This is the last post in our series exploring a new view of craft, in connection with the publication of our Point of View essay “Create — The Culture of Modern Craft.” After examining the ingredients, the spark, and the tools of craft, we now turn to the pioneers of craft: mastery and heritage.
As the saying goes, you have to know the rules before you can break them. Before you can even think of breaking new ground in your craft, you need to master the tools, techniques, values and story of that craft.
This kind of mastery takes time. It takes study. Practice. Effort. The honing of skills. Often even failure. Eventually, with enough time and effort invested, expertise emerges. And along with that expertise comes a love for the heritage embedded in the craft.
Only after developing a level of mastery and a love for the tradition can a craftsperson successfully pioneer a new interpretation, a new version of what’s come before. In the words of our new essay on craft, mastery and heritage “show us where we’ve been, so we know where we’re going.”
This pioneering spirit is a trait found in any good example of craft. Two great illustrations, from two different eras, are the Carl Hansen and Son CH327 Dining Table and the Potrero415 Table.
Both tables celebrate the fundamentals of fine craft while rethinking what’s possible.
CH327 DINING TABLE
Part of our Carl Hansen Collection, the CH327 Dining Table is a masterful example of fine woodcraft. It was designed by the 20th-century Danish architect Hans J. Wegner, a renowned pioneer of modern furniture design.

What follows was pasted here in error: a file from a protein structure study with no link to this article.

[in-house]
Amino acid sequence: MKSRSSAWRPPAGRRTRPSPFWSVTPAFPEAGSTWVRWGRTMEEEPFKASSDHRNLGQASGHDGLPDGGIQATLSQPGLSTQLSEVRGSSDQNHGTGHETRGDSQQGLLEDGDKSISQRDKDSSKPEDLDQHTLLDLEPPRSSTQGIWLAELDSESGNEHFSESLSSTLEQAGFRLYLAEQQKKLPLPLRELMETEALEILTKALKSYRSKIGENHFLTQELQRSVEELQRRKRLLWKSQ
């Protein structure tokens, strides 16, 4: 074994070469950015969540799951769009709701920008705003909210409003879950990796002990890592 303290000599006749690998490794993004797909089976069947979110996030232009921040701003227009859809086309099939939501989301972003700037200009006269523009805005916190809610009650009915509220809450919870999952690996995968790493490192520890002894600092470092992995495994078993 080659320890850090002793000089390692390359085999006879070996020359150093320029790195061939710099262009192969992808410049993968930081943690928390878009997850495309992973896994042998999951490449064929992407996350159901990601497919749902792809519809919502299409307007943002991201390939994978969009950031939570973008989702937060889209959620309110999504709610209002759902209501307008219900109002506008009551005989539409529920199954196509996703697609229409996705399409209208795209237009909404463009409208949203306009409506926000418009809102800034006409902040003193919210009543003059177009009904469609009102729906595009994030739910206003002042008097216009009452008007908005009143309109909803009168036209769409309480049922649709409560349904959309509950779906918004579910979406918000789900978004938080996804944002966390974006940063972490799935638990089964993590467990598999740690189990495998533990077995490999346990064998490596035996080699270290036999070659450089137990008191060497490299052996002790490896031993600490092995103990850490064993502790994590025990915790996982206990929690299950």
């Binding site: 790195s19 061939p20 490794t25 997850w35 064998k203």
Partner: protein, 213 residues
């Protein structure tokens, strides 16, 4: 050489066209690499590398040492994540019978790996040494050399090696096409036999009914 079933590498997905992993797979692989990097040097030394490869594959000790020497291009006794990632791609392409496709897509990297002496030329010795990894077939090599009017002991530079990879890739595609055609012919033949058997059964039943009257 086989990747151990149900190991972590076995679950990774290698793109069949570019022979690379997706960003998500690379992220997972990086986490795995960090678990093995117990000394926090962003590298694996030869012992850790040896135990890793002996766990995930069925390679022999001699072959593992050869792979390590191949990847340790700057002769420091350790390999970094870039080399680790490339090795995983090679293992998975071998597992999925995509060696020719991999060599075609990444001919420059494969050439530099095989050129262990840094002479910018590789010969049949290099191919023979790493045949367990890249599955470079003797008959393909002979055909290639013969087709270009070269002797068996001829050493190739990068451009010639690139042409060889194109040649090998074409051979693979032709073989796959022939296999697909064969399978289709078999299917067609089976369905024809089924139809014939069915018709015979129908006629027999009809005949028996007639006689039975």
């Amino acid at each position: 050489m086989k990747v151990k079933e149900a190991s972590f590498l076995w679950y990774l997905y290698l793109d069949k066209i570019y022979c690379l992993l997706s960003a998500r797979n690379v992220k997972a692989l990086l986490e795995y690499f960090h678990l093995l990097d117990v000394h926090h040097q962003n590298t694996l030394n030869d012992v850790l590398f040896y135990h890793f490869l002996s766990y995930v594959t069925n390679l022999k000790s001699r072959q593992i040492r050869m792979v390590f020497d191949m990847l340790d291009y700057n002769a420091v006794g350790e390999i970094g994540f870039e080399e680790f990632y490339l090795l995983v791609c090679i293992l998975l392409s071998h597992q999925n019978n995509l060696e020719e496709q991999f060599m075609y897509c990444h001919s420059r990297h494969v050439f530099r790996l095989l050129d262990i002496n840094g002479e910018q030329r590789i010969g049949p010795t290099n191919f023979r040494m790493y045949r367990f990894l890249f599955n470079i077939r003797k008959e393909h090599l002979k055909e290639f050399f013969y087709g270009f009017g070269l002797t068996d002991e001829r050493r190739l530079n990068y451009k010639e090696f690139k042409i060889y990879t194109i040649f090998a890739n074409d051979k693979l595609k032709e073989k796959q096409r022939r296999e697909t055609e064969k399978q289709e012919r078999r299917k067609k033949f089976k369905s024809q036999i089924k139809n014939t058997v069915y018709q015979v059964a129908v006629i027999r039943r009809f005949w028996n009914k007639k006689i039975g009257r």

Each timeless piece is of heirloom quality. And yet this table — with its broad, impeccably constructed top, strong undercarriage and gracefully tapered legs — expressed a new vision of elegance when it premiered in 1962.
Its universal appeal endures to this day, thanks to the craftsmanship that goes into each flawless piece, whether rendered in oak or walnut.
To learn more about the Carl Hansen furniture story, watch this video below.
If Hans Wegner’s dining table elevated modern table design in the 1960s, the Potrero415 Table rewrote the rules when it was launched in 2016.
Potrero415 is a model of how today’s masters can express old skills in new ways to meet future needs.
Instead of being constrained by its materials, this table has a metal A-frame design that accepts a wide variety of tabletop materials — laminate, veneer, Corian, glass, hardwood and marble. It’s available in both seated and standing heights, with tops in four shapes.
Perhaps most innovative of all, the Potrero415 Table’s strong, slender base has hollow bays and legs that can hide cables on their way from the tabletop down to the floor.
“Every detail we design is considered an avenue for expressing modern craft,” said John Hamilton, Coalesse’s global design director.
“We’re often playing with ideas that look at our heritage and the irreplaceable value of certain crafts, but which then use technology to actually keep those things alive.”
Read more about mastery and heritage — the pioneers of craft — in our point of view essay “Create — The Culture of Modern Craft.”